LONDON -- He has rolled through this tournament with the cool efficiency of the Swiss Federal Railway trains that connect Zurich, Lucerne and Lausanne. The calm precision of the prized Rolex, Omega and Breitling watches produced in Geneva, Biel/Bienne and Grenchen.
The joke they tell in Switzerland is that the trains are so punctual, folks set their watches to them.
Roger Federer, at 32, is very much a creature of his Basel-born environment. When he was the best tennis player in the world, he would steal ruthlessly through the Grand Slam draws on a cat-quick feet of a burglar. He won an unprecedented 16 major titles in a span of 27 events from 2003-10 and then, inevitably, he found himself past his prime.
Instead of refusing to accept anything less than his best, Federer has persevered. Admittedly, the results have not always been aesthetically pleasing. Two years ago, when he won his seventh title here at the All England Club, it was seen by some as the last stand of the greatest champion ever. Federer, however, wasn't one of them.
Even when he exited ignominiously in the second round a year ago, he knew he could do better. With improved health and a little luck in the draw, in his mind there were still possibilities.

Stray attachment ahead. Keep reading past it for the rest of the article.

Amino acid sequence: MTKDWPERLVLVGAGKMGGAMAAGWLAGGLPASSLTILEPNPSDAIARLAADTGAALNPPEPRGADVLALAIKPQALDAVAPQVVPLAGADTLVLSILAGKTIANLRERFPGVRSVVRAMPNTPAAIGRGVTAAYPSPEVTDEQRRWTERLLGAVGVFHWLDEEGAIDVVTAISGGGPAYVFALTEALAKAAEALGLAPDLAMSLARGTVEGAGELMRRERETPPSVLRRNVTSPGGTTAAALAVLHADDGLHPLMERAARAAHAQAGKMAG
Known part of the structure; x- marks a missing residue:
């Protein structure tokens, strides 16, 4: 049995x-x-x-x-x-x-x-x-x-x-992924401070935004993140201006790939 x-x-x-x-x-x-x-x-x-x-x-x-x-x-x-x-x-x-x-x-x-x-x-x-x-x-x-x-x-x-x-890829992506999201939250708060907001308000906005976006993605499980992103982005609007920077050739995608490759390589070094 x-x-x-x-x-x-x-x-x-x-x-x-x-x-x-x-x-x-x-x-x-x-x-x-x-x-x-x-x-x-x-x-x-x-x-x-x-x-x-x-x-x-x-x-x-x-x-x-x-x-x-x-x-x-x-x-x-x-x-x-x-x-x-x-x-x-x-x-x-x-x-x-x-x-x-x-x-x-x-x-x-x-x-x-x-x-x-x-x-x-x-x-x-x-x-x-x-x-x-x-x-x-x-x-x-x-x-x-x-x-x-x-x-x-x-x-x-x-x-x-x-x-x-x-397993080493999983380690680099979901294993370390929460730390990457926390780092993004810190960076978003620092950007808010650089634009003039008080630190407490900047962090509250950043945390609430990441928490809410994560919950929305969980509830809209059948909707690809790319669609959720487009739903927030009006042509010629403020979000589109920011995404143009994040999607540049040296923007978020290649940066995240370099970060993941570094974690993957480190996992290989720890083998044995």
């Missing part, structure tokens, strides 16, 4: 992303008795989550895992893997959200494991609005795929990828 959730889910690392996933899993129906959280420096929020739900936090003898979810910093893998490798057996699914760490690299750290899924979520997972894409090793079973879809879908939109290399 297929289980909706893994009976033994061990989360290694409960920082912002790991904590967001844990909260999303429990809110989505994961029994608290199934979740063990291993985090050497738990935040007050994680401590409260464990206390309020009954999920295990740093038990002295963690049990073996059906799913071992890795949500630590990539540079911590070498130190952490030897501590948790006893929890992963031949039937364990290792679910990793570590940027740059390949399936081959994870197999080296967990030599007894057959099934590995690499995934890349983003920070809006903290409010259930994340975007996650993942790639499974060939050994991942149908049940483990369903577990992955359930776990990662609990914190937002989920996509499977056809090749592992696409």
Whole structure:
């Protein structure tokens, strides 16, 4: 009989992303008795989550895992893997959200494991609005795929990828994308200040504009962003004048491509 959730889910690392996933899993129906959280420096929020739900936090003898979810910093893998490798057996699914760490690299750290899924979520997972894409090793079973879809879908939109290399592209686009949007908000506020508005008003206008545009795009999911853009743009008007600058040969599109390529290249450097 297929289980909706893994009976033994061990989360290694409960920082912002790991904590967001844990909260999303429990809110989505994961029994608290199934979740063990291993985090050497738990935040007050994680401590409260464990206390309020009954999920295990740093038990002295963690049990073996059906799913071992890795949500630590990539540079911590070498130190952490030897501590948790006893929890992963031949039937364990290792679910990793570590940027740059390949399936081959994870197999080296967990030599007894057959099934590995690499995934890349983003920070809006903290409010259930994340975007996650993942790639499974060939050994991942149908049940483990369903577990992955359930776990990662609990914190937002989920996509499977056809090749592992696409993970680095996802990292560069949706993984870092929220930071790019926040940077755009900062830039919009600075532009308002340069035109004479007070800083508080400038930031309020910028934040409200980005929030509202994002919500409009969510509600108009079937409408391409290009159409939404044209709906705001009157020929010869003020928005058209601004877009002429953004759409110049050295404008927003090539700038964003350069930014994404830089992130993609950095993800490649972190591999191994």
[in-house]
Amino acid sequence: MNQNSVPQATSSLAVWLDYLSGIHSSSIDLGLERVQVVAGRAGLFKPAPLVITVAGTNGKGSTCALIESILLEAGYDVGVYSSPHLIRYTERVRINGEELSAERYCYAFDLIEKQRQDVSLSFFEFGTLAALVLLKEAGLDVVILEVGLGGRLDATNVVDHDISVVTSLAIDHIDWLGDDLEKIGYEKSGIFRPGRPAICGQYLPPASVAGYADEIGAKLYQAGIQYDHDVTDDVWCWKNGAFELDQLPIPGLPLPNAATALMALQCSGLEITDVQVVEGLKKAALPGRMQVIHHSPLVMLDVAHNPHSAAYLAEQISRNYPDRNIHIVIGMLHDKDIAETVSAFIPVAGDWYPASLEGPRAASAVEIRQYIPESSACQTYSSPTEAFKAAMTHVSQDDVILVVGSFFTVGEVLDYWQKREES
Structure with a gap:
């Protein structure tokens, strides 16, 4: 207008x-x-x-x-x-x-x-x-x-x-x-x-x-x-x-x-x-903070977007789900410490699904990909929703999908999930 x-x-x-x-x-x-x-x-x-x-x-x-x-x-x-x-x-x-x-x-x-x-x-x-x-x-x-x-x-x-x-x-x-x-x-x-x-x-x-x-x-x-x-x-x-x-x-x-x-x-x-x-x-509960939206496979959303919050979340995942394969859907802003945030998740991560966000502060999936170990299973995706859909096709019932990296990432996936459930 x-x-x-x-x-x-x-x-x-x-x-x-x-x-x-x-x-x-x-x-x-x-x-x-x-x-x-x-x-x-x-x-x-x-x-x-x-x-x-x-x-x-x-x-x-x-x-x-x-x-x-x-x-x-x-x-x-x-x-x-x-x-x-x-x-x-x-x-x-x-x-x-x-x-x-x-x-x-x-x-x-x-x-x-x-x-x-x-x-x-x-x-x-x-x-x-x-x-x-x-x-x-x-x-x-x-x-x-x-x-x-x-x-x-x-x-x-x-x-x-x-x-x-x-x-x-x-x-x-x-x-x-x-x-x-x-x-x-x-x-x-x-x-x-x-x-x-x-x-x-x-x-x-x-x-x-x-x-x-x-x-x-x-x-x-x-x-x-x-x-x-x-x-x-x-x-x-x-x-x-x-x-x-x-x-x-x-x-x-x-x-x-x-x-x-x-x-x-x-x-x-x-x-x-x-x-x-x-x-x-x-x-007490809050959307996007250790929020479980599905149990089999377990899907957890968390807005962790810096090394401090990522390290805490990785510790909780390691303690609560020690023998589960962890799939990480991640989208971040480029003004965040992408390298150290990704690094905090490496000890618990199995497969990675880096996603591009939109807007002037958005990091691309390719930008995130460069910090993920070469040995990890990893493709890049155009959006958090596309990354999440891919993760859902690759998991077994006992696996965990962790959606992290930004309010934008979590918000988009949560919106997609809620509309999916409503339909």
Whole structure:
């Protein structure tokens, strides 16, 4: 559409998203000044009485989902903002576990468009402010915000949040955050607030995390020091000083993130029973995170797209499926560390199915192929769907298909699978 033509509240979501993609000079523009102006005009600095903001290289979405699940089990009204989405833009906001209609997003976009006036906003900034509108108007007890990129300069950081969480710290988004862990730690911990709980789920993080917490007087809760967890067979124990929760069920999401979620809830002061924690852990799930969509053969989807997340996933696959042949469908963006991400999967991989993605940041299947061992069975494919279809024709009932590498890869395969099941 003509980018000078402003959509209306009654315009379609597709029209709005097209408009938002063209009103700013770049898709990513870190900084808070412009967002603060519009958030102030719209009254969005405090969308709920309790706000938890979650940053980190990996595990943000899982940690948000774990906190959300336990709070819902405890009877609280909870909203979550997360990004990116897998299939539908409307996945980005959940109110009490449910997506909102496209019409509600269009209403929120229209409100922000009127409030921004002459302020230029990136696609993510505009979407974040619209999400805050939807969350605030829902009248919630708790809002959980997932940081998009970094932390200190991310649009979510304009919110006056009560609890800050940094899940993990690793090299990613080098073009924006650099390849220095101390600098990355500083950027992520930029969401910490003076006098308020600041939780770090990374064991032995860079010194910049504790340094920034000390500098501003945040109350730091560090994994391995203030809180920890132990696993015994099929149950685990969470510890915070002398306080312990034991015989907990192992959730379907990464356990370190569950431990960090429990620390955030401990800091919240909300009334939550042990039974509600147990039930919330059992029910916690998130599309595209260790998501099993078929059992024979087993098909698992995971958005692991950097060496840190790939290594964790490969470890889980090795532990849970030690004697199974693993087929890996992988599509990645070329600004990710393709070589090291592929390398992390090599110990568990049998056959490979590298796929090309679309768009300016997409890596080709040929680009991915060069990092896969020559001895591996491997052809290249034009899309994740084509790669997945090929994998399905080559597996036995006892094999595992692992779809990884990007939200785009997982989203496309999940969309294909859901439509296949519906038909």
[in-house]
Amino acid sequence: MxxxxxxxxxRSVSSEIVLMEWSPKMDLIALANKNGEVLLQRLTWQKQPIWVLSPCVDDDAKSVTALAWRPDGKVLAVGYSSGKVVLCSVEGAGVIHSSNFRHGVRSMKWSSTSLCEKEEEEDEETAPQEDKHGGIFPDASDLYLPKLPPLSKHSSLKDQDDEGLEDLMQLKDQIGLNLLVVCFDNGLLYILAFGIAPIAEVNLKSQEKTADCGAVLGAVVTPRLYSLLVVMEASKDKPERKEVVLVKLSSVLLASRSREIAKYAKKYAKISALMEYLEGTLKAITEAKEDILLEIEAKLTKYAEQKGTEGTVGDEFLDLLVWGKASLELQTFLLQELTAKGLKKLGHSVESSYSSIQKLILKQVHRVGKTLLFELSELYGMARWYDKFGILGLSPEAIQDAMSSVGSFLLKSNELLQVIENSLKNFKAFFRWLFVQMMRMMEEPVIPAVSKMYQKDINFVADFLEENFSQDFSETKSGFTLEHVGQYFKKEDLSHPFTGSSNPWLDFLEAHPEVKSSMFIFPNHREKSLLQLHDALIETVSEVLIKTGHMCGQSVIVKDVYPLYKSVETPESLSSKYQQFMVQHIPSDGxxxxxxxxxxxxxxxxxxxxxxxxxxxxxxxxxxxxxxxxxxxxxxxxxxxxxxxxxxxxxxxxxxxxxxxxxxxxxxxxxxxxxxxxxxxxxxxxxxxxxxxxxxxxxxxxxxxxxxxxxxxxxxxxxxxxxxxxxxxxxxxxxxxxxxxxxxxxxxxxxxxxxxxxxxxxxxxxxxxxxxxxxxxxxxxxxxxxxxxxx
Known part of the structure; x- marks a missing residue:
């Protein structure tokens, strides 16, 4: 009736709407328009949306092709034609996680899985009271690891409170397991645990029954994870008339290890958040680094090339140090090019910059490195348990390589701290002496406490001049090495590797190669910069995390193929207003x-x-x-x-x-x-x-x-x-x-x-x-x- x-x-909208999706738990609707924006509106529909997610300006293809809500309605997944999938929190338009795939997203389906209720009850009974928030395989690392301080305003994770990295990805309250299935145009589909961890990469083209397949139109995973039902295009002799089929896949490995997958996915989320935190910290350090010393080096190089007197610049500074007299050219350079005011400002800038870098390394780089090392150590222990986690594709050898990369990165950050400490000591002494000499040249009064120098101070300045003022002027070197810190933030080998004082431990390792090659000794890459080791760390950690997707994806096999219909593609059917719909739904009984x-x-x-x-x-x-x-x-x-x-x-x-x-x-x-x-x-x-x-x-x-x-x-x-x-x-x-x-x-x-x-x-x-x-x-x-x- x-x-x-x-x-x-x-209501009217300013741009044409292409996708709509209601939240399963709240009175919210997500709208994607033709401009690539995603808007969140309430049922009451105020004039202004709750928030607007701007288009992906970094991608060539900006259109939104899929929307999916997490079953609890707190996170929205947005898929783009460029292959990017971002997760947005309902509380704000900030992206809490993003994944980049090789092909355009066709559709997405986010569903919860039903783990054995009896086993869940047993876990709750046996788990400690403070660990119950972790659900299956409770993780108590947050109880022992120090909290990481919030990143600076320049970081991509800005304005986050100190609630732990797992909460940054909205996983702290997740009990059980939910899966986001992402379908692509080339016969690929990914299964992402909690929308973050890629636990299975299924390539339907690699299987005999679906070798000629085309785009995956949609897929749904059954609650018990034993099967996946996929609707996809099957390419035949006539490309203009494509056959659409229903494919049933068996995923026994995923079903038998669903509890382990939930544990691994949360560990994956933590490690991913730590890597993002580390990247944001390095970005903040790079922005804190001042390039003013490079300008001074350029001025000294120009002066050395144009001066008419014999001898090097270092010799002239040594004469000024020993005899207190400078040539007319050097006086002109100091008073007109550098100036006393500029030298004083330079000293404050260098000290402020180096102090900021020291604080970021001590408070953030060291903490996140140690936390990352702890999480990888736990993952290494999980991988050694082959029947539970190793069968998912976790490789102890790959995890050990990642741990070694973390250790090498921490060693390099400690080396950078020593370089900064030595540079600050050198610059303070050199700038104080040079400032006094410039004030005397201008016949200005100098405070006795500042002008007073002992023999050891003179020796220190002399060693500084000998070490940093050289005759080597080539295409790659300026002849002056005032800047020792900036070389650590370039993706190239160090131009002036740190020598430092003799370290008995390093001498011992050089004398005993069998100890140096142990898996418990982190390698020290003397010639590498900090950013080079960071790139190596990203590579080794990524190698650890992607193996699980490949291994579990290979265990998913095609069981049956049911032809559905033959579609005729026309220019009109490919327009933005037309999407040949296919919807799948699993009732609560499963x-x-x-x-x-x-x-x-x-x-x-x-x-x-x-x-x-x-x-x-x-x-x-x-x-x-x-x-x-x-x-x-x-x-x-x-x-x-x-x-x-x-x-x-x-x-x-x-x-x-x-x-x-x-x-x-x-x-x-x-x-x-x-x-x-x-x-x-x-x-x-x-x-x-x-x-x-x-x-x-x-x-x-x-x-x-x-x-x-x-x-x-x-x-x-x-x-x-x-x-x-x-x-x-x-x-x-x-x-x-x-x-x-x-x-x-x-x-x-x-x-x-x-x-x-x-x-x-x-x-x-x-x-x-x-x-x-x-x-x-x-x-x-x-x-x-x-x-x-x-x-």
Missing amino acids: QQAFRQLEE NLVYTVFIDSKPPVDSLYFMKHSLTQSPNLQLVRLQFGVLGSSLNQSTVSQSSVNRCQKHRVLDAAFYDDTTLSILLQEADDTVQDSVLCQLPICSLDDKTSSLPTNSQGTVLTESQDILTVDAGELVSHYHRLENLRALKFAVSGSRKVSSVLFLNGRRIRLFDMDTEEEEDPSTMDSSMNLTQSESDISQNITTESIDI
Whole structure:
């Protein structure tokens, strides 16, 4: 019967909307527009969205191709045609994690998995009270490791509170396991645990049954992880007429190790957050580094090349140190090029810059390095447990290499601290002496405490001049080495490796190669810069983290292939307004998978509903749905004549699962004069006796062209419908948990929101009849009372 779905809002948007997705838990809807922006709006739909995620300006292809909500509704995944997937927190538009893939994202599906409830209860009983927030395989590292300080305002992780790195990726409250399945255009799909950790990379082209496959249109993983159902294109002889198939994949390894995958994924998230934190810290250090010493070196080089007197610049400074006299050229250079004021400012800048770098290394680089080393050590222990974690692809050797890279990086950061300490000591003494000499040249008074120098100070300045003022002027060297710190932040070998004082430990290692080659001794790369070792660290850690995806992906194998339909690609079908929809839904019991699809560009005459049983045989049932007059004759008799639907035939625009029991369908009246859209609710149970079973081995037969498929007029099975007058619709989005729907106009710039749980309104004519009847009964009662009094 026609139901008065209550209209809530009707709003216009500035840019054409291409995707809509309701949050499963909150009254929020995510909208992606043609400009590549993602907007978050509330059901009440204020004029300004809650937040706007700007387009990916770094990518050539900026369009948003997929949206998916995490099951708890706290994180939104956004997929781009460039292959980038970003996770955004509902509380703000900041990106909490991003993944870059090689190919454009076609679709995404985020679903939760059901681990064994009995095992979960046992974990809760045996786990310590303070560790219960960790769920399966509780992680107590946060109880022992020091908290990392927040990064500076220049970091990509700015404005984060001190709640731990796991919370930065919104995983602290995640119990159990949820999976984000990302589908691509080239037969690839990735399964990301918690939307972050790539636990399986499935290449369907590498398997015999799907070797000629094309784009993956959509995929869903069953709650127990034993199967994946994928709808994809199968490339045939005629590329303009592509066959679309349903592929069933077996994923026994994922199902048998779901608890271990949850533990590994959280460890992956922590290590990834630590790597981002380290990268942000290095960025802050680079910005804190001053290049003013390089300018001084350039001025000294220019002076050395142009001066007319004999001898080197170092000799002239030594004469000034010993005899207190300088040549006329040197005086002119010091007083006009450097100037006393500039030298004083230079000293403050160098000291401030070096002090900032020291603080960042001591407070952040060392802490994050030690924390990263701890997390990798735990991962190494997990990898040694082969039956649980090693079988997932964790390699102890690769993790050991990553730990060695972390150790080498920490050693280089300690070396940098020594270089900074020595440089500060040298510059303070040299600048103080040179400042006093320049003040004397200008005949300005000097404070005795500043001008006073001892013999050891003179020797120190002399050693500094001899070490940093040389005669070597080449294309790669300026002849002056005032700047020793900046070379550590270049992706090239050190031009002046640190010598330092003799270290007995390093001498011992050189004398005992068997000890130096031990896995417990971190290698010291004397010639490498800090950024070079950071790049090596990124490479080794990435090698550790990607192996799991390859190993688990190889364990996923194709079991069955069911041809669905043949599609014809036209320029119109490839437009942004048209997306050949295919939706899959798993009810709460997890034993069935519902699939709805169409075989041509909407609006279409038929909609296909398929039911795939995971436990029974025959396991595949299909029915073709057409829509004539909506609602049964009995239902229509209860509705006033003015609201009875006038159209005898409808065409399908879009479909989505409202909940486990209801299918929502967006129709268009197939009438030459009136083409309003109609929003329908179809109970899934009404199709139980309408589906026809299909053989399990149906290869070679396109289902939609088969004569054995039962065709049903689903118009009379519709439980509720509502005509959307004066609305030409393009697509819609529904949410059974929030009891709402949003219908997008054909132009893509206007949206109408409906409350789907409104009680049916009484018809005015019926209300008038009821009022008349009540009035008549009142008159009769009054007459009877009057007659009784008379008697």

On Sunday, Federer takes Centre Court for the men's final opposite No. 1-seeded Novak Djokovic secure in the belief he can win his record-breaking eighth Wimbledon title.
Not much has been made of it, but Federer is playing in his 59th consecutive Grand Slam, three more than the next-best total in the 46 years of the Open era.
"I never had a five-month break or anything like that," Federer said after beating Milos Raonic in a straight-sets semifinal. "I think for that you need to be, first of all, healthy physically, but also mentally ready to do it.
"You've got to love the game, because if you don't love it, then it's just going to be too hard. I think that's kept me going quite easily actually, because I know why I'm playing tennis. Deep down that's really important."
Going in, there was a consensus that Federer would need to find some fortune in the draw -- and he did.
Because Wimbledon exercises discretion in seedings, No. 3-ranked Stan Wawrinka was downgraded to the No. 5 seed, trading places with No. 5-ranked Andy Murray. The way it played out, Federer got Wawrinka -- a man he has beaten 14 of 16 times now -- in the quarterfinals. Although he dropped a set -- and his only service game of the tournament -- Federer advanced to the semifinals opposite Raonic, who has never beaten him in five tries. It could have been his nemesis, Rafael Nadal, but the No. 2-seeded Nadal was stunned in the fourth round by Australian teenager Nick Kyrgios, and Kyrgios, in turn, was beaten by Raonic.
So Federer is in the final without having to play Nadal (against whom he is 10-23) or Murray (10-11). And he has done it by compiling some extremely low mileage.
Federer has won 18 of 19 sets and averaged 1 hour, 43 minutes per match. Djokovic, meanwhile, has dropped three sets and averaged 2 hours, 31 minutes per match. This is relevant because Djokovic lost a tired final here last year when he was extended in the semifinals by Juan Martin del Potro.